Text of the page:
Well, my darlings, this is not, in fact, that story. At all.
Because when Fetter gets to the big city, he just…stays there. Makes a quiet little life for himself. A boyfriend; a support group for other UnChosen Ones; helping out immigrants with their paperwork. He loses interest, and belief in, any great destiny of his own. After the, ah, unique way he was raised, he just wants some peace, to be normal, keep his head down and not make waves.
He has put away childish things. His mad, violent childhood; the indoctrination; his training as a child soldier in his mother’s war against his father: these things, these people are in his past.
He ends up Involved anyway.
I’m honestly astonished by how much Chandrasekera manages to pack in to under 400 pages. It’s as though an 800 page doorstopper has been distilled down to its purest and most potent possible form; nothing is rushed, everything has as much space as it needs, but it’s all so concentrated, powerful, especially coming at us through Chandrasekera’s prose, which grabs you by the throat like a garotte. I read the entire book in 24 hours, ravenous for every word, and I can tell it’s going to be a long time before I stop thinking about it.
This is a book that is equal parts about magic and fascism; about supernatural doors that can’t be opened and the weaponisation of organised religion; about devils (sorry, I mean laws and powers) and the inherent, inextricable violence of colonialism. And the thing is, I’ve read books that deal with these topics before (okay, maybe not the doors) but this feels very different, somehow – less cinematic, maybe, more human, messier, more difficult. The Saint of Bright Doors is not the story of a hero either creating or joining the resistance, and neatly cutting off the head of the snake in a dramatic climax; it doesn’t follow the pattern we’re used to, and Chandrasekera uses that to shock us open to a very different way of doing things. This is a book that plunges the reader into a state of dreamy dissonance in which anything and everything seems possible – and is.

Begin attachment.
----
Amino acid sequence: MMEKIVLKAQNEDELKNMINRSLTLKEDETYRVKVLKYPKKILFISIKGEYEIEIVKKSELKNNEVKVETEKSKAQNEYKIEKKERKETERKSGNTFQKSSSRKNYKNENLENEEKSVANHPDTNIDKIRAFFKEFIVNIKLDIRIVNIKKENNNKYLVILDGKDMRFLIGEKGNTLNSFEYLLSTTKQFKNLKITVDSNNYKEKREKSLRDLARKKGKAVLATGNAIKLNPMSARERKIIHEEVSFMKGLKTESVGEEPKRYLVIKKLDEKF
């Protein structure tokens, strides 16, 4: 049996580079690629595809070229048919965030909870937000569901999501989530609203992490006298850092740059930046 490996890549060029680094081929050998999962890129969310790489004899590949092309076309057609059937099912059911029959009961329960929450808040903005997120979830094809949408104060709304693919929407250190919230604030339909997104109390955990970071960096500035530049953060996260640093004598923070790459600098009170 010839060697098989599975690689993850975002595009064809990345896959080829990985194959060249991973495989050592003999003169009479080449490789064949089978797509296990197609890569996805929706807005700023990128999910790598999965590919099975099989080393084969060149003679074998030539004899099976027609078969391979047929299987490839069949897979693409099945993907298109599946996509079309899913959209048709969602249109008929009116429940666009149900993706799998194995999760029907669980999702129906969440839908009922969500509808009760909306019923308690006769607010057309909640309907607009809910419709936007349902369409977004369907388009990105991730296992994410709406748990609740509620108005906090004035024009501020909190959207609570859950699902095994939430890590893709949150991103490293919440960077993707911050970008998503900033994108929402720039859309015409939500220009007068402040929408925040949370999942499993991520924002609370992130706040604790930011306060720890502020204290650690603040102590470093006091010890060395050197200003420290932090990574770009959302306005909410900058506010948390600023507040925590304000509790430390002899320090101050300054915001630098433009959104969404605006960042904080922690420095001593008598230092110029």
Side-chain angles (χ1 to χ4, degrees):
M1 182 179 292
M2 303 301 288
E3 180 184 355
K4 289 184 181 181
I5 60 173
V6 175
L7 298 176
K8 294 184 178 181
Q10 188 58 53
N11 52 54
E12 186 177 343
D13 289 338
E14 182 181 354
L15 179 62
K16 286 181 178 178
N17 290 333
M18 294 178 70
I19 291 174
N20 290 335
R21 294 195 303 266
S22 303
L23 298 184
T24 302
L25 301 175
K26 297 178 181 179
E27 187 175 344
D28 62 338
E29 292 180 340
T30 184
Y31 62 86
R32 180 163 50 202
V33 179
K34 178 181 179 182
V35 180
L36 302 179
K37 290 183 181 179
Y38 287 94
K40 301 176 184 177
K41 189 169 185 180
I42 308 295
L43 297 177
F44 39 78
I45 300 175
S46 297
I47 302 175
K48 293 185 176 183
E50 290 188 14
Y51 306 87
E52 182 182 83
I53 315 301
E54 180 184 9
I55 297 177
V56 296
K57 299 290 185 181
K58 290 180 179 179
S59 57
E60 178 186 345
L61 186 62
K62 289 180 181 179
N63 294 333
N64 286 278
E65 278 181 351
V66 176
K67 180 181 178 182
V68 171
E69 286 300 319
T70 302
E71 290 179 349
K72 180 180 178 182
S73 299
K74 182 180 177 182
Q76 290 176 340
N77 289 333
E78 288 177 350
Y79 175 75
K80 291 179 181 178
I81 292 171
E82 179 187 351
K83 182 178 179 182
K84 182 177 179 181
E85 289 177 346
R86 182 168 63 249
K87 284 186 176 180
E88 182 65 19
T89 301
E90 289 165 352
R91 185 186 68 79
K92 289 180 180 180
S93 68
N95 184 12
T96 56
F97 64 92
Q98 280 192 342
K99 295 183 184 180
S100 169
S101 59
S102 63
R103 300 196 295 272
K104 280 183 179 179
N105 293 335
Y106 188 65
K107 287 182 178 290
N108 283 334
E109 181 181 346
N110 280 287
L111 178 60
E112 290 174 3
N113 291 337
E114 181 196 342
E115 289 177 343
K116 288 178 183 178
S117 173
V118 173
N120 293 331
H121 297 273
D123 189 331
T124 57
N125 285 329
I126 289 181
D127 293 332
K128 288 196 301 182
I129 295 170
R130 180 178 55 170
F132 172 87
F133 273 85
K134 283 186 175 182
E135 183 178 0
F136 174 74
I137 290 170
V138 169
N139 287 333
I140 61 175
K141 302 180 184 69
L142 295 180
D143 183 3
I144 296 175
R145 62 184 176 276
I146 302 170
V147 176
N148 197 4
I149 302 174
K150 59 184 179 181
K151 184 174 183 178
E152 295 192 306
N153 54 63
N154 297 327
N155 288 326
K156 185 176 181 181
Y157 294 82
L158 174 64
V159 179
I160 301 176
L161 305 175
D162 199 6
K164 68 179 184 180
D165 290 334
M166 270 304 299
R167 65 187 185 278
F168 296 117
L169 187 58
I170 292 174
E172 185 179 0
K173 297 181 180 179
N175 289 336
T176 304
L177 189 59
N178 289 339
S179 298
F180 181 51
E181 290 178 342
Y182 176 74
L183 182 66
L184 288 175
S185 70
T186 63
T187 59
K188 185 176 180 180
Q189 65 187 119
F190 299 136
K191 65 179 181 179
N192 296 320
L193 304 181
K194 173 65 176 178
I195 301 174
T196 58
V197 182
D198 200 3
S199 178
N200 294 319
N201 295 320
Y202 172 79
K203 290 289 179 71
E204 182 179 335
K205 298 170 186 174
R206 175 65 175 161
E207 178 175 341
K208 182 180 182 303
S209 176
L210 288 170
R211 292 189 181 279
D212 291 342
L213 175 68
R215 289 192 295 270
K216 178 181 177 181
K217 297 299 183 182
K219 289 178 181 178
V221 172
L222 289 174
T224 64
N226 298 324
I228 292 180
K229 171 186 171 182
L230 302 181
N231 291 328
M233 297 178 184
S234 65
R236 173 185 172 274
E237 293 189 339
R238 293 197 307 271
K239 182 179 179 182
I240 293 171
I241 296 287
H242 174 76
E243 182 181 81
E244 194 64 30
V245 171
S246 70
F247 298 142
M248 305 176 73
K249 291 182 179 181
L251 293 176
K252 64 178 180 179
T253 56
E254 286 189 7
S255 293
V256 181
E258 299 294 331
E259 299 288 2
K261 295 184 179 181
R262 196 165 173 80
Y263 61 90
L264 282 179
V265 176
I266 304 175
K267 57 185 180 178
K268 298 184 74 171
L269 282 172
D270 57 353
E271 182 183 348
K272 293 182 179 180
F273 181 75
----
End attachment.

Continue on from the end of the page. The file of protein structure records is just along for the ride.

I don’t know how to put it better than that.